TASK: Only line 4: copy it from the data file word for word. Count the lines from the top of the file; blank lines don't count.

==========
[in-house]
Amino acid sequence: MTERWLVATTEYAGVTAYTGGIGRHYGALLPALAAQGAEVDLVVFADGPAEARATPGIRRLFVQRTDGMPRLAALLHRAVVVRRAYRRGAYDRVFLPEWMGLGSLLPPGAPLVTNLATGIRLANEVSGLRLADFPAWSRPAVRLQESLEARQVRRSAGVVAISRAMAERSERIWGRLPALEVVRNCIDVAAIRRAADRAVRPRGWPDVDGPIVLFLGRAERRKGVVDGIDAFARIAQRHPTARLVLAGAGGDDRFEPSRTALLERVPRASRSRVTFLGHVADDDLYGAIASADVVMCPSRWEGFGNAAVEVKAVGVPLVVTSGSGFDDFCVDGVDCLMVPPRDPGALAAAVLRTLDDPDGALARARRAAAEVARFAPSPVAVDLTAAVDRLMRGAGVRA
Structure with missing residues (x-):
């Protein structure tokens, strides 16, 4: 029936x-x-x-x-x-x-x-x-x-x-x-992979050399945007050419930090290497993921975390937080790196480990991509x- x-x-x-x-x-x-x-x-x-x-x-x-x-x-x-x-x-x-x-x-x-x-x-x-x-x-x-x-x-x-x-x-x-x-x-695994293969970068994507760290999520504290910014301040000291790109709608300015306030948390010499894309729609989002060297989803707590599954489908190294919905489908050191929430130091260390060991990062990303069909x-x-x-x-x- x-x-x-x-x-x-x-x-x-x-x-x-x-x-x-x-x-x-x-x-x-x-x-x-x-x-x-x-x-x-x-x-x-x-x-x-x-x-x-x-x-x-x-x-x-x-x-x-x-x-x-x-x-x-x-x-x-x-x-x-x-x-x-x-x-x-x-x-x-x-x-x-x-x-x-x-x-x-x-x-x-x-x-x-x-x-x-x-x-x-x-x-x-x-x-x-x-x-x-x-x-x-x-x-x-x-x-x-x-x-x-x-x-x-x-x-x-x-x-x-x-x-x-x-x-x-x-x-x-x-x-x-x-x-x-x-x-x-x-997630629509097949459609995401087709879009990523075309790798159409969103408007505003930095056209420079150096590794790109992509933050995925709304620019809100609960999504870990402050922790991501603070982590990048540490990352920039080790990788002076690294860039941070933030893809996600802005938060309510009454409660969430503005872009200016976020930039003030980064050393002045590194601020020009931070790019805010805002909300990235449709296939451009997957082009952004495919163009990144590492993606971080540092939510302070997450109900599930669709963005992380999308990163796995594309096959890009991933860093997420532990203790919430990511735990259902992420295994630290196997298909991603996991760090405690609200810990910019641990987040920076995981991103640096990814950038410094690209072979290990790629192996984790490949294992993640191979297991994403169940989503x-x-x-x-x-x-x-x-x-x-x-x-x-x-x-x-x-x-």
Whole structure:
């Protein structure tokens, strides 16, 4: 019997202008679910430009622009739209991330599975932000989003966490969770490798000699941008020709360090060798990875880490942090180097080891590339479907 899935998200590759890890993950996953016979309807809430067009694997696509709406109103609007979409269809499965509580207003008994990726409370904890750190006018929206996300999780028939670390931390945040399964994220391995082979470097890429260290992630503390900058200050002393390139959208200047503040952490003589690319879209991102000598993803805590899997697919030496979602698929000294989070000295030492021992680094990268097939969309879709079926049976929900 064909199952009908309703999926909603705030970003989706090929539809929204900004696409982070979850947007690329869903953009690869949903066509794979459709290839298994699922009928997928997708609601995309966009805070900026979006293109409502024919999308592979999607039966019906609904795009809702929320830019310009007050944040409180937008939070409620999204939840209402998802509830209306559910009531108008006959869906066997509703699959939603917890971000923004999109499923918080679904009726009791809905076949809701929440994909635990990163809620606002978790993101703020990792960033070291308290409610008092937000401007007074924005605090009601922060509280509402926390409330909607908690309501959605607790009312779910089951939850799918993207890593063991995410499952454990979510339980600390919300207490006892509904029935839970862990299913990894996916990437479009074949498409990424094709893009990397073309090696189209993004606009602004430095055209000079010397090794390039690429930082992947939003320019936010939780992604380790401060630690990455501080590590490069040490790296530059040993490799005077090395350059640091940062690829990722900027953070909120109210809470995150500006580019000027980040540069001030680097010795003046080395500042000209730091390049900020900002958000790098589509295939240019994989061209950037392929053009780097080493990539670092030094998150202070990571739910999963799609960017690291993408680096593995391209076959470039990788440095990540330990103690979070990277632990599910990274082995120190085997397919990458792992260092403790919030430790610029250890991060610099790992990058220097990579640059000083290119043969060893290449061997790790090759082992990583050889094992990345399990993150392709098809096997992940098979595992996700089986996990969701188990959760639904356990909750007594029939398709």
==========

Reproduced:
């Protein structure tokens, strides 16, 4: 029936x-x-x-x-x-x-x-x-x-x-x-992979050399945007050419930090290497993921975390937080790196480990991509x- x-x-x-x-x-x-x-x-x-x-x-x-x-x-x-x-x-x-x-x-x-x-x-x-x-x-x-x-x-x-x-x-x-x-x-695994293969970068994507760290999520504290910014301040000291790109709608300015306030948390010499894309729609989002060297989803707590599954489908190294919905489908050191929430130091260390060991990062990303069909x-x-x-x-x- x-x-x-x-x-x-x-x-x-x-x-x-x-x-x-x-x-x-x-x-x-x-x-x-x-x-x-x-x-x-x-x-x-x-x-x-x-x-x-x-x-x-x-x-x-x-x-x-x-x-x-x-x-x-x-x-x-x-x-x-x-x-x-x-x-x-x-x-x-x-x-x-x-x-x-x-x-x-x-x-x-x-x-x-x-x-x-x-x-x-x-x-x-x-x-x-x-x-x-x-x-x-x-x-x-x-x-x-x-x-x-x-x-x-x-x-x-x-x-x-x-x-x-x-x-x-x-x-x-x-x-x-x-x-x-x-x-x-x-997630629509097949459609995401087709879009990523075309790798159409969103408007505003930095056209420079150096590794790109992509933050995925709304620019809100609960999504870990402050922790991501603070982590990048540490990352920039080790990788002076690294860039941070933030893809996600802005938060309510009454409660969430503005872009200016976020930039003030980064050393002045590194601020020009931070790019805010805002909300990235449709296939451009997957082009952004495919163009990144590492993606971080540092939510302070997450109900599930669709963005992380999308990163796995594309096959890009991933860093997420532990203790919430990511735990259902992420295994630290196997298909991603996991760090405690609200810990910019641990987040920076995981991103640096990814950038410094690209072979290990790629192996984790490949294992993640191979297991994403169940989503x-x-x-x-x-x-x-x-x-x-x-x-x-x-x-x-x-x-």